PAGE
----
"WHAT!? WHAT?! OF ALL THE DEMONIC, UNHOLY, UNSCRUPULOUS, DECEPTIVE...I'LL TEAR HER APART! I SWEAR IT!"
trembled in his boots, fearing Claude Frollo would literally knock him about. He
had never seen a man so angry, so livid. He had heard of Frollo's legendary
temper, and how it just boils to the surface when anything doesn't go his way,
or when someone betrays him. This was one of those occasions, and now the truth
revealed hit far too close to home. The Minister of Justice, now realizing the
women who charmed their way into Paris society were wanted for murder,
immediately signed warrants for their arrest.
Finally recomposing himself, Frollo told Marquette, "I want you to go back to Calais. Tell the magistrate there I thank him for this timely news. And if you could pass along this message: The accused, Jehanne Bellot and Ameline Bellot will be arrested, tried, convicted, and executed here!"
Jules, now worried that Jacques' quest for bringing his mother and sister home may be thwarted, had to speak up. There is little time to lose as the two women most likely will be facing the gallows before the week is out.
"Your Grace," said Jules, "the brother, Jacques, arrived with me this very morning. He was sent here by request of the father, Denis Bellot–"
Frollo, his anger surfacing again, was livid! Did he hear this right? That Denis Bellot lives? He pressed Marquette for more information.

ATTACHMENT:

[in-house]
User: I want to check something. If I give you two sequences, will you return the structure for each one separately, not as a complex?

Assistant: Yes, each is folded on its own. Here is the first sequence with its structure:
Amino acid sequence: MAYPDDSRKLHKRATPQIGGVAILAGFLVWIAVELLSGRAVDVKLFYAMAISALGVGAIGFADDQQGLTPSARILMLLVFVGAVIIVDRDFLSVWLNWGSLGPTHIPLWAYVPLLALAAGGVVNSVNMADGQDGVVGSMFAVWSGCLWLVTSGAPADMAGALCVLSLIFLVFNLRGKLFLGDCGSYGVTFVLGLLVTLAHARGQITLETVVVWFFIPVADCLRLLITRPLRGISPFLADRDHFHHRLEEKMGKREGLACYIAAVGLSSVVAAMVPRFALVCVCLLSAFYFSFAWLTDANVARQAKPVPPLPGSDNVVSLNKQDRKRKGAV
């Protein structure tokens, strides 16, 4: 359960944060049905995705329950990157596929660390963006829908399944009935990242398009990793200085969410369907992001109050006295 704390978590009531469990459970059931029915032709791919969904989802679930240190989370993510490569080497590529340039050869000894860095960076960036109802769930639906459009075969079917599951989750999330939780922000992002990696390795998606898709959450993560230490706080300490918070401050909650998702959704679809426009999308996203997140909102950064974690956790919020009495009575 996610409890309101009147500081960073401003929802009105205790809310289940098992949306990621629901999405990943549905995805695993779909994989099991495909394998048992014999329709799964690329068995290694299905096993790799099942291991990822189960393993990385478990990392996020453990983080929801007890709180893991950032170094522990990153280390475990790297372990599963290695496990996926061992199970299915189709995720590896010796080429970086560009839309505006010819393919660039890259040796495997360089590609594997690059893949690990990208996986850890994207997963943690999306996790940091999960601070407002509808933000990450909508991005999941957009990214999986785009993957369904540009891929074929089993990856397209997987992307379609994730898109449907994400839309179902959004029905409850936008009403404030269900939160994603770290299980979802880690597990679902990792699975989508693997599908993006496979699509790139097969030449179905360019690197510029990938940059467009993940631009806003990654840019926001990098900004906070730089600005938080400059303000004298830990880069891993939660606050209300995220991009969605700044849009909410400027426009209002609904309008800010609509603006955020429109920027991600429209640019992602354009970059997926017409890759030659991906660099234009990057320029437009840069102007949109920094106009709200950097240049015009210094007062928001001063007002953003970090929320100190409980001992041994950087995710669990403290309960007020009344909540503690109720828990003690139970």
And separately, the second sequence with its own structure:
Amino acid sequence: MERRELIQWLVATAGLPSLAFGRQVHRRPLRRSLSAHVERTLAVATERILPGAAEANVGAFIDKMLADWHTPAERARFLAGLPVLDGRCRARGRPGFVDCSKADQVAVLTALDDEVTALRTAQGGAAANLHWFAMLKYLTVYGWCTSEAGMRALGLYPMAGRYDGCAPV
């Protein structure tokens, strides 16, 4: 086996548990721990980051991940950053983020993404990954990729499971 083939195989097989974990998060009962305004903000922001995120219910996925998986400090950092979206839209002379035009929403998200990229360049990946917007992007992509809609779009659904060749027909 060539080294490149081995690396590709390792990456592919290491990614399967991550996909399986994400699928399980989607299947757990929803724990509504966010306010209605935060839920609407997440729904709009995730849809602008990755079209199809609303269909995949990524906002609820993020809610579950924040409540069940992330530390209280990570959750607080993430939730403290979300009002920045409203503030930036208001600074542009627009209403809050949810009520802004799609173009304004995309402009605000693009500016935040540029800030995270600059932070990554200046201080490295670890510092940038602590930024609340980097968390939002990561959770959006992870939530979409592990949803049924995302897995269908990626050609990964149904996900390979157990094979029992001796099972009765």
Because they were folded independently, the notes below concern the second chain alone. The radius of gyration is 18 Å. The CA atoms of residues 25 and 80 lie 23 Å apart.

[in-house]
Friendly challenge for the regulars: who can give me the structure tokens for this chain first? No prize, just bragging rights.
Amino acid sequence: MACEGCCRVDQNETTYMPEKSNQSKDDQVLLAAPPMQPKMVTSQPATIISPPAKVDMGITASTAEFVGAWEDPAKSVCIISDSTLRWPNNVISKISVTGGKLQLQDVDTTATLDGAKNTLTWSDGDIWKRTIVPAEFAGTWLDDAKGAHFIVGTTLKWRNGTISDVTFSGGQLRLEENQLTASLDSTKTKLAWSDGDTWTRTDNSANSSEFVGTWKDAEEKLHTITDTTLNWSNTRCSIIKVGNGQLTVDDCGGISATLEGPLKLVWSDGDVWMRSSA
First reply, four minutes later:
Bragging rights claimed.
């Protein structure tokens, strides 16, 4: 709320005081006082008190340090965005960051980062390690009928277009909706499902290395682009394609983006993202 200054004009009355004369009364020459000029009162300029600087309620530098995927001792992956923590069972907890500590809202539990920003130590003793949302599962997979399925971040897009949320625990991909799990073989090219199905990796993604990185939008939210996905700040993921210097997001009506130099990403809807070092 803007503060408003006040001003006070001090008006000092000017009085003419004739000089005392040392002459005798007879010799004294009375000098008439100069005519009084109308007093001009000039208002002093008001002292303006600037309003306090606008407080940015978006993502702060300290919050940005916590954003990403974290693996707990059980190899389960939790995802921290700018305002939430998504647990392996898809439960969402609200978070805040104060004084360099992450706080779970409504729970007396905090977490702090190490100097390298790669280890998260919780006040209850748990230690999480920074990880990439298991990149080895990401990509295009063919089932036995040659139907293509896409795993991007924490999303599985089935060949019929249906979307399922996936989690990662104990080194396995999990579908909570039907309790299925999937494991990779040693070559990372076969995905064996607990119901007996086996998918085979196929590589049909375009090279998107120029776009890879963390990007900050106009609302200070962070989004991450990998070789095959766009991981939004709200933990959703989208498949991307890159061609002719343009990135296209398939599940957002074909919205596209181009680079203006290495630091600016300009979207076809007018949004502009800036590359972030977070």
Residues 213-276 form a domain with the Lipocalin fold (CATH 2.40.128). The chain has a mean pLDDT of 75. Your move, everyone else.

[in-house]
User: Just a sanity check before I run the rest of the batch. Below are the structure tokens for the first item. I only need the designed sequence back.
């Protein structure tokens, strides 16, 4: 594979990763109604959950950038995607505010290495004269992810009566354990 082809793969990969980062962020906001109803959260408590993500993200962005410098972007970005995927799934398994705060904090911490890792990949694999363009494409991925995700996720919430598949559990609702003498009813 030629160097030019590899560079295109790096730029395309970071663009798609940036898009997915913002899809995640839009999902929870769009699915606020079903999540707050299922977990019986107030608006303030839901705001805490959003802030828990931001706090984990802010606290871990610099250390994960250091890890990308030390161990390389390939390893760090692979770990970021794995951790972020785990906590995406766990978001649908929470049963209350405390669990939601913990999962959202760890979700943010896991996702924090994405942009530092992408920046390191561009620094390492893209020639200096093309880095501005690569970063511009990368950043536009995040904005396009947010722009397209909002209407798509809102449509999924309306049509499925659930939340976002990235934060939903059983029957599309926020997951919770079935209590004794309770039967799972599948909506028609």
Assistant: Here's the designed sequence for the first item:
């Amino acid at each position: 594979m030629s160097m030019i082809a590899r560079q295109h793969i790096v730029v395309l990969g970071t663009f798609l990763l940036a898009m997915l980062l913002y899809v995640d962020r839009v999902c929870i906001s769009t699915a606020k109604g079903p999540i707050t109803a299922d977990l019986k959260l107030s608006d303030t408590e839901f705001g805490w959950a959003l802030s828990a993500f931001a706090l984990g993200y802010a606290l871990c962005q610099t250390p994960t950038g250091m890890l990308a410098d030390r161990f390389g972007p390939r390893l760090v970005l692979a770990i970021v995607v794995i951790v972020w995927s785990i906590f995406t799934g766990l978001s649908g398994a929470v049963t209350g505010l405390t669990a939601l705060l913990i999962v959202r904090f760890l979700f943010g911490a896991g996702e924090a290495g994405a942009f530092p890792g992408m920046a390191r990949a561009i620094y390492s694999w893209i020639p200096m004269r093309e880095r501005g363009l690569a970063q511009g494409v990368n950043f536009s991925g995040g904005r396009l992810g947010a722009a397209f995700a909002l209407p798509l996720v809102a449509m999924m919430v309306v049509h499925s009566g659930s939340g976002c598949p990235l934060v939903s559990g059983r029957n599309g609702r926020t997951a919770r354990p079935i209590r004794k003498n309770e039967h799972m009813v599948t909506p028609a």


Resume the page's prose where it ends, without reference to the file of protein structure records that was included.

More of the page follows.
"Yes, Your Grace," replied Jules, "Monsieur Bellot still resides in Calais. He is beside himself with worry that his wife and daughter committed this crime, thus fleeing to Paris. He sent the son to look for them, perhaps reason with them, and fetch them home."
Claude Frollo, still seething that not only did Aubert d'Urboise suffer a yet unknown fate at the hands of Jehanne Bellot, but that Ameline wormed her way into Frollo's good graces. And to think that I bedded her, romanced her, fell in love with her, and now, I was on the verge of marrying her...The fraudulent slut! I'll find her and her equally deceitful mother. I'll make them suffer so painfully, so agonizingly, and I'll take pleasure in performing the torture myself!
Elie and Isore, their ears still pressed against
the door, couldn't believe all they heard. Is this true? That beautiful lady,
Ameline Bellot, involved in a murder? And the mother, just married to the Baron
de Clellaux, is in reality already married? And now, with the baron missing,
Claude Frollo has already vowed to bring the women to justice.
"This is not good, Isore," said Elie. "His Grace was ready to propose to Mlle Bellot this week, but I think–"
"What are you two doing? Eavesdropping?"
The formidable voice jolted the young clerks to attention. They turned to face the full florid face of Ide Poulin, the Palais housekeeper.
"No, Madame Poulin," said Elie, "we